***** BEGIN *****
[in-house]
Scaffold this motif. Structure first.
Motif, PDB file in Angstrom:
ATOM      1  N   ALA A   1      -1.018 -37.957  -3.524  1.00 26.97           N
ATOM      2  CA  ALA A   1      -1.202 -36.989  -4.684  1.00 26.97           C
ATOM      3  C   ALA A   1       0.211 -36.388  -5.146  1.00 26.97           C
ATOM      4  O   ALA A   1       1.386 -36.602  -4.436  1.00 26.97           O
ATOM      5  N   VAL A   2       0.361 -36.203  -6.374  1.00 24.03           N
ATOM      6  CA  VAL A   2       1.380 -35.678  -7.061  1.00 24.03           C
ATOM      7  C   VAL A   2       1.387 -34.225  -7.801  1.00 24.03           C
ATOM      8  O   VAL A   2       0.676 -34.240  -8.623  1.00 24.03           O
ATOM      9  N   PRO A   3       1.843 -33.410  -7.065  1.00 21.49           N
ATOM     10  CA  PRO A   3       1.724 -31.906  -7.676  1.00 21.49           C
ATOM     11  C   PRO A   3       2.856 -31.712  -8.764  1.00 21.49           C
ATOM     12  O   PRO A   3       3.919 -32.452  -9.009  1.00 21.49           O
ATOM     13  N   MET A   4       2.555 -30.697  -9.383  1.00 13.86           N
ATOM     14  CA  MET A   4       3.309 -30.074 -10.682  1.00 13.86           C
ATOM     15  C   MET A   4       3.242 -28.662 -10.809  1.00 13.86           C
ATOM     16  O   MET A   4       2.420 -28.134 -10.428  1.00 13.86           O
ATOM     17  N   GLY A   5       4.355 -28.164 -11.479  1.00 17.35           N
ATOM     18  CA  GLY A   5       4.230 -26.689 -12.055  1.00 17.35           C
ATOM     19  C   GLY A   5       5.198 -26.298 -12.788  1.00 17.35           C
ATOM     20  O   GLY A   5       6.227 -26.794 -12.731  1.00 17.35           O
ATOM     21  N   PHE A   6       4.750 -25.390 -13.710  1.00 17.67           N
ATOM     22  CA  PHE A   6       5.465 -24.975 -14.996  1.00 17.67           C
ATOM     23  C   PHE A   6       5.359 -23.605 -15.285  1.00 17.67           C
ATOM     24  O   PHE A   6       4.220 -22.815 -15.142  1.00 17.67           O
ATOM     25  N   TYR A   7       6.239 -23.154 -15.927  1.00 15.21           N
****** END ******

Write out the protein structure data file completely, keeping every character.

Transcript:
[in-house]
Scaffold this motif. Structure first.
Motif, PDB file in Angstrom:
ATOM      1  N   ALA A   1      -1.018 -37.957  -3.524  1.00 26.97           N
ATOM      2  CA  ALA A   1      -1.202 -36.989  -4.684  1.00 26.97           C
ATOM      3  C   ALA A   1       0.211 -36.388  -5.146  1.00 26.97           C
ATOM      4  O   ALA A   1       1.386 -36.602  -4.436  1.00 26.97           O
ATOM      5  N   VAL A   2       0.361 -36.203  -6.374  1.00 24.03           N
ATOM      6  CA  VAL A   2       1.380 -35.678  -7.061  1.00 24.03           C
ATOM      7  C   VAL A   2       1.387 -34.225  -7.801  1.00 24.03           C
ATOM      8  O   VAL A   2       0.676 -34.240  -8.623  1.00 24.03           O
ATOM      9  N   PRO A   3       1.843 -33.410  -7.065  1.00 21.49           N
ATOM     10  CA  PRO A   3       1.724 -31.906  -7.676  1.00 21.49           C
ATOM     11  C   PRO A   3       2.856 -31.712  -8.764  1.00 21.49           C
ATOM     12  O   PRO A   3       3.919 -32.452  -9.009  1.00 21.49           O
ATOM     13  N   MET A   4       2.555 -30.697  -9.383  1.00 13.86           N
ATOM     14  CA  MET A   4       3.309 -30.074 -10.682  1.00 13.86           C
ATOM     15  C   MET A   4       3.242 -28.662 -10.809  1.00 13.86           C
ATOM     16  O   MET A   4       2.420 -28.134 -10.428  1.00 13.86           O
ATOM     17  N   GLY A   5       4.355 -28.164 -11.479  1.00 17.35           N
ATOM     18  CA  GLY A   5       4.230 -26.689 -12.055  1.00 17.35           C
ATOM     19  C   GLY A   5       5.198 -26.298 -12.788  1.00 17.35           C
ATOM     20  O   GLY A   5       6.227 -26.794 -12.731  1.00 17.35           O
ATOM     21  N   PHE A   6       4.750 -25.390 -13.710  1.00 17.67           N
ATOM     22  CA  PHE A   6       5.465 -24.975 -14.996  1.00 17.67           C
ATOM     23  C   PHE A   6       5.359 -23.605 -15.285  1.00 17.67           C
ATOM     24  O   PHE A   6       4.220 -22.815 -15.142  1.00 17.67           O
ATOM     25  N   TYR A   7       6.239 -23.154 -15.927  1.00 15.21           N